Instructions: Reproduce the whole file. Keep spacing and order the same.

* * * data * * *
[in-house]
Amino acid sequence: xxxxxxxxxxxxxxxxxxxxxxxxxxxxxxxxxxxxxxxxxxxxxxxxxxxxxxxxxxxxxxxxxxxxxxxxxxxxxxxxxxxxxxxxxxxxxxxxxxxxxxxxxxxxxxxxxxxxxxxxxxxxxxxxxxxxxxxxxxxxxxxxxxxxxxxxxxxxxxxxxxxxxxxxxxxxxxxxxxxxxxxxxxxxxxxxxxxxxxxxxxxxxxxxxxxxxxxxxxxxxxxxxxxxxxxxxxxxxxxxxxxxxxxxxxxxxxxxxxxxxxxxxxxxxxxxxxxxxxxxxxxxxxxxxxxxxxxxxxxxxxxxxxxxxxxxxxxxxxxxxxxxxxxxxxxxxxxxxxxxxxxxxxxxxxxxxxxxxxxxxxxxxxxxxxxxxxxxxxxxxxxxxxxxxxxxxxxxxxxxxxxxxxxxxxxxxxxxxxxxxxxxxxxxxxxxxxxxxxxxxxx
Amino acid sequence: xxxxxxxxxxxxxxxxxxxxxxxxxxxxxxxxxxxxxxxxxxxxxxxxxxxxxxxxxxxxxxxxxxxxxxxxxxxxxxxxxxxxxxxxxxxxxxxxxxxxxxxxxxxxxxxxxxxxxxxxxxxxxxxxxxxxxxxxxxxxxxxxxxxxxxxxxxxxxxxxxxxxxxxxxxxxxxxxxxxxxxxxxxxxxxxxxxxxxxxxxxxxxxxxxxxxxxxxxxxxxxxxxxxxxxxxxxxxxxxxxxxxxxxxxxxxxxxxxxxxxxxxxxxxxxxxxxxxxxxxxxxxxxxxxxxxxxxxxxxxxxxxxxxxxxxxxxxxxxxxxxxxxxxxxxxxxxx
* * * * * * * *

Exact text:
[in-house]
Amino acid sequence: xxxxxxxxxxxxxxxxxxxxxxxxxxxxxxxxxxxxxxxxxxxxxxxxxxxxxxxxxxxxxxxxxxxxxxxxxxxxxxxxxxxxxxxxxxxxxxxxxxxxxxxxxxxxxxxxxxxxxxxxxxxxxxxxxxxxxxxxxxxxxxxxxxxxxxxxxxxxxxxxxxxxxxxxxxxxxxxxxxxxxxxxxxxxxxxxxxxxxxxxxxxxxxxxxxxxxxxxxxxxxxxxxxxxxxxxxxxxxxxxxxxxxxxxxxxxxxxxxxxxxxxxxxxxxxxxxxxxxxxxxxxxxxxxxxxxxxxxxxxxxxxxxxxxxxxxxxxxxxxxxxxxxxxxxxxxxxxxxxxxxxxxxxxxxxxxxxxxxxxxxxxxxxxxxxxxxxxxxxxxxxxxxxxxxxxxxxxxxxxxxxxxxxxxxxxxxxxxxxxxxxxxxxxxxxxxxxxxxxxxxxx
Amino acid sequence: xxxxxxxxxxxxxxxxxxxxxxxxxxxxxxxxxxxxxxxxxxxxxxxxxxxxxxxxxxxxxxxxxxxxxxxxxxxxxxxxxxxxxxxxxxxxxxxxxxxxxxxxxxxxxxxxxxxxxxxxxxxxxxxxxxxxxxxxxxxxxxxxxxxxxxxxxxxxxxxxxxxxxxxxxxxxxxxxxxxxxxxxxxxxxxxxxxxxxxxxxxxxxxxxxxxxxxxxxxxxxxxxxxxxxxxxxxxxxxxxxxxxxxxxxxxxxxxxxxxxxxxxxxxxxxxxxxxxxxxxxxxxxxxxxxxxxxxxxxxxxxxxxxxxxxxxxxxxxxxxxxxxxxxxxxxxxxx